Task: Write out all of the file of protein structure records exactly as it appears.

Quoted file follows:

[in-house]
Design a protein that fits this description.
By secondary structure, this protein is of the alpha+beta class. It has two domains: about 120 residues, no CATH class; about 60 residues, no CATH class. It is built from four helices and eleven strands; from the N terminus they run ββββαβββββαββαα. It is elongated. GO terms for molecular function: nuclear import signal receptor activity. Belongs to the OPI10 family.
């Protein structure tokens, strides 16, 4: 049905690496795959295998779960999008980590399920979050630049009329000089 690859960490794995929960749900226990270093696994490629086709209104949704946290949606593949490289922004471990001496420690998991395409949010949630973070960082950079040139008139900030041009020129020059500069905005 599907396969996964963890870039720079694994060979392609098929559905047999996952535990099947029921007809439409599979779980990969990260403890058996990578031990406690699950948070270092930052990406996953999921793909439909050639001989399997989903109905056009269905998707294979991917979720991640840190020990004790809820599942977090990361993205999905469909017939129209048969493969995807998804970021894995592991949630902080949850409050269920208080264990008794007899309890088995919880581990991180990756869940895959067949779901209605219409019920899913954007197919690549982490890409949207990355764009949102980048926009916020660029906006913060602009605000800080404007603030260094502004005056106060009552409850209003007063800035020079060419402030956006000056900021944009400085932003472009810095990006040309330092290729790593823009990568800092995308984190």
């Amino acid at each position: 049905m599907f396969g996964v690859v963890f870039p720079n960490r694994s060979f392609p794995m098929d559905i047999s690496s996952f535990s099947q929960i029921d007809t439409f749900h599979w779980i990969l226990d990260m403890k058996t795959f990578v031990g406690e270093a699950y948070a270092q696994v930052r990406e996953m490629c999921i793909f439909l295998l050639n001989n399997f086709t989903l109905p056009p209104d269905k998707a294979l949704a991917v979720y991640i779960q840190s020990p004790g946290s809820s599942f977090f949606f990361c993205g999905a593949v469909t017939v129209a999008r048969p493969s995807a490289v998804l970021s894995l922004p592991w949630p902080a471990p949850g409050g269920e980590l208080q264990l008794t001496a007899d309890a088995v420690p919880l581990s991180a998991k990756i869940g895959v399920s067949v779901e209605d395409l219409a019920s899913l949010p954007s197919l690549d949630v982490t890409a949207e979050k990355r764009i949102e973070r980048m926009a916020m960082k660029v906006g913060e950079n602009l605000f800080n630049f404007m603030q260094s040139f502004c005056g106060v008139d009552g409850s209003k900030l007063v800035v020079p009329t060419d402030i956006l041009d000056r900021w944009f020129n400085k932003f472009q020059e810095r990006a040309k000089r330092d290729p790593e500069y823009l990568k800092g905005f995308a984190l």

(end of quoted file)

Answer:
[in-house]
Design a protein that fits this description.
By secondary structure, this protein is of the alpha+beta class. It has two domains: about 120 residues, no CATH class; about 60 residues, no CATH class. It is built from four helices and eleven strands; from the N terminus they run ββββαβββββαββαα. It is elongated. GO terms for molecular function: nuclear import signal receptor activity. Belongs to the OPI10 family.
């Protein structure tokens, strides 16, 4: 049905690496795959295998779960999008980590399920979050630049009329000089 690859960490794995929960749900226990270093696994490629086709209104949704946290949606593949490289922004471990001496420690998991395409949010949630973070960082950079040139008139900030041009020129020059500069905005 599907396969996964963890870039720079694994060979392609098929559905047999996952535990099947029921007809439409599979779980990969990260403890058996990578031990406690699950948070270092930052990406996953999921793909439909050639001989399997989903109905056009269905998707294979991917979720991640840190020990004790809820599942977090990361993205999905469909017939129209048969493969995807998804970021894995592991949630902080949850409050269920208080264990008794007899309890088995919880581990991180990756869940895959067949779901209605219409019920899913954007197919690549982490890409949207990355764009949102980048926009916020660029906006913060602009605000800080404007603030260094502004005056106060009552409850209003007063800035020079060419402030956006000056900021944009400085932003472009810095990006040309330092290729790593823009990568800092995308984190």
């Amino acid at each position: 049905m599907f396969g996964v690859v963890f870039p720079n960490r694994s060979f392609p794995m098929d559905i047999s690496s996952f535990s099947q929960i029921d007809t439409f749900h599979w779980i990969l226990d990260m403890k058996t795959f990578v031990g406690e270093a699950y948070a270092q696994v930052r990406e996953m490629c999921i793909f439909l295998l050639n001989n399997f086709t989903l109905p056009p209104d269905k998707a294979l949704a991917v979720y991640i779960q840190s020990p004790g946290s809820s599942f977090f949606f990361c993205g999905a593949v469909t017939v129209a999008r048969p493969s995807a490289v998804l970021s894995l922004p592991w949630p902080a471990p949850g409050g269920e980590l208080q264990l008794t001496a007899d309890a088995v420690p919880l581990s991180a998991k990756i869940g895959v399920s067949v779901e209605d395409l219409a019920s899913l949010p954007s197919l690549d949630v982490t890409a949207e979050k990355r764009i949102e973070r980048m926009a916020m960082k660029v906006g913060e950079n602009l605000f800080n630049f404007m603030q260094s040139f502004c005056g106060v008139d009552g409850s209003k900030l007063v800035v020079p009329t060419d402030i956006l041009d000056r900021w944009f020129n400085k932003f472009q020059e810095r990006a040309k000089r330092d290729p790593e500069y823009l990568k800092g905005f995308a984190l």